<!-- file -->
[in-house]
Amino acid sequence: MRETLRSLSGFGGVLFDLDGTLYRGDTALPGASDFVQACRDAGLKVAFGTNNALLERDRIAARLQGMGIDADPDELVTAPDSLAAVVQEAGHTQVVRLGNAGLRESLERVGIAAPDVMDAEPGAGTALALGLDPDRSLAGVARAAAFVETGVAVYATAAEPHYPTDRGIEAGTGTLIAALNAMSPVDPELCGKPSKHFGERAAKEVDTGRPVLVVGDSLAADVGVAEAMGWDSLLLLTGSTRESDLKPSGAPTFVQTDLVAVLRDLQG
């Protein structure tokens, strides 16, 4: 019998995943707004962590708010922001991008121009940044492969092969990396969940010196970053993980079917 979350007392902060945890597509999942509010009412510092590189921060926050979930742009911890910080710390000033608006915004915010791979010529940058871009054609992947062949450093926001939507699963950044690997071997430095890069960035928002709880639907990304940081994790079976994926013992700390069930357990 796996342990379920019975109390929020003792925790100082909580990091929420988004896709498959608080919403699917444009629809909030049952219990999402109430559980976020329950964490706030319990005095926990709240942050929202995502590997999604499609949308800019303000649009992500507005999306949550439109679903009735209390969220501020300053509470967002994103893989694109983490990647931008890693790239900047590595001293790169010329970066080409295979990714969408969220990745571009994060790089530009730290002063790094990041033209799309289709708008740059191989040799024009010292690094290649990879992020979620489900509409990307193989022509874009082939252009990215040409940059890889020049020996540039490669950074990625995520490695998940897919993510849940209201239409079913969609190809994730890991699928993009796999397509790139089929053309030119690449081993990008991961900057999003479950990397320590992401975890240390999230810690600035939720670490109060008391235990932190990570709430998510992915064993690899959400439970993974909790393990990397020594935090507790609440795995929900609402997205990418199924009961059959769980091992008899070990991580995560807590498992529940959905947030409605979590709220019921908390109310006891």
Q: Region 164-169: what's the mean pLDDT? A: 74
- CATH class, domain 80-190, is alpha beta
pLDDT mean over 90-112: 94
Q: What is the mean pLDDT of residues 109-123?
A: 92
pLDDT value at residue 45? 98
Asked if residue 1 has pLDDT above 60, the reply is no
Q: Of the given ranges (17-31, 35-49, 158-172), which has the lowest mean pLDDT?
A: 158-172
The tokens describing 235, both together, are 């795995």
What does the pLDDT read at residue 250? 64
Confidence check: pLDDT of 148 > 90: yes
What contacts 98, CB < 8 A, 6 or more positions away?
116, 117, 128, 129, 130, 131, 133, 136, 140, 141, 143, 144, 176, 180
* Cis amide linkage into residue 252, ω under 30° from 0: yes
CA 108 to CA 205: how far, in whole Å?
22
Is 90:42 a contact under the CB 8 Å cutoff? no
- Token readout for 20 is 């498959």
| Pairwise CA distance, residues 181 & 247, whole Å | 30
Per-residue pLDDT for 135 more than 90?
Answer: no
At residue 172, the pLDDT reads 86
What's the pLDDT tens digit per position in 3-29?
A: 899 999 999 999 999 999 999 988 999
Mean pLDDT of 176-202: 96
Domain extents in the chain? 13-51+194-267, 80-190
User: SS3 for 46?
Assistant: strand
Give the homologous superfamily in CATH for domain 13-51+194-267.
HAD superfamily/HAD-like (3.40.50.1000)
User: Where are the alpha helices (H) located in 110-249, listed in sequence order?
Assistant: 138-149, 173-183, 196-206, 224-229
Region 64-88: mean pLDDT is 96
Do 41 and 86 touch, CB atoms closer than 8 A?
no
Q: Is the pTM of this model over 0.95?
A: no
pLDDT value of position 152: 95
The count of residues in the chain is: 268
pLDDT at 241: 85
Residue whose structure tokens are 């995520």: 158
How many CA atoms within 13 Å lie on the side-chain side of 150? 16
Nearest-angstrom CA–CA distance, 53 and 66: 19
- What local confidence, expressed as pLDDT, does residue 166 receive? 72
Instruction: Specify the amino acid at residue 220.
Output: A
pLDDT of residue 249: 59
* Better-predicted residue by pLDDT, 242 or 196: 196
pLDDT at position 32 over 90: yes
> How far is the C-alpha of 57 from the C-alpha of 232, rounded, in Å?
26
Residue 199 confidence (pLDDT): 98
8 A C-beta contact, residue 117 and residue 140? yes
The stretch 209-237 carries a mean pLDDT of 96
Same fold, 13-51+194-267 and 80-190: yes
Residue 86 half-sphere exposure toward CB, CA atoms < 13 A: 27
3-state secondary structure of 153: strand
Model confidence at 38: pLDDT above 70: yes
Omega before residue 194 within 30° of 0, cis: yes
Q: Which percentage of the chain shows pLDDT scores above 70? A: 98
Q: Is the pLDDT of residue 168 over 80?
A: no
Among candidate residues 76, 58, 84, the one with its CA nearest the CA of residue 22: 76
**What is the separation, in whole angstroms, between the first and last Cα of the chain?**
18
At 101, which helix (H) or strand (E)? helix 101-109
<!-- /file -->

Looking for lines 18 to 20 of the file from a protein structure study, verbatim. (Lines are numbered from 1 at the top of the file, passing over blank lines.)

* Cis amide linkage into residue 252, ω under 30° from 0: yes
CA 108 to CA 205: how far, in whole Å?
22